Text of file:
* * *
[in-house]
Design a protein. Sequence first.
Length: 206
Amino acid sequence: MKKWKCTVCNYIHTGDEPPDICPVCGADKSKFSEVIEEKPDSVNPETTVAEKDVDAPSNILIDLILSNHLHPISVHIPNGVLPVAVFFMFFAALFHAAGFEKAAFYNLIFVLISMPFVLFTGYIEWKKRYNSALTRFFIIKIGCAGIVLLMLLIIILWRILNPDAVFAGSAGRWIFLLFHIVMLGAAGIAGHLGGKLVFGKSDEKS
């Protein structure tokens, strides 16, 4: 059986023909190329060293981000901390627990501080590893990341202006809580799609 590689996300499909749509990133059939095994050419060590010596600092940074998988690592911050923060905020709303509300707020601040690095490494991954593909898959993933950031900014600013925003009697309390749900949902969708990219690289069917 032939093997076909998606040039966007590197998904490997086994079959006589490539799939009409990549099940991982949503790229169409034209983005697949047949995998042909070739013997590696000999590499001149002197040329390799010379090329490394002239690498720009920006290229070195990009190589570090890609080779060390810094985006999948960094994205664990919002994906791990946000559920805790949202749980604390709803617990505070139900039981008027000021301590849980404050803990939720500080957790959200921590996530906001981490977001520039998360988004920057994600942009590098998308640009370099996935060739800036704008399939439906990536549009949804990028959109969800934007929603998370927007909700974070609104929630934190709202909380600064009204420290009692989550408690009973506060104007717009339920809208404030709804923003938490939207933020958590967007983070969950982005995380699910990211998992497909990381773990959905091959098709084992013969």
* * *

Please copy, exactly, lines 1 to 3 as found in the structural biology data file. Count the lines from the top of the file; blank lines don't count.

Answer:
[in-house]
Design a protein. Sequence first.
Length: 206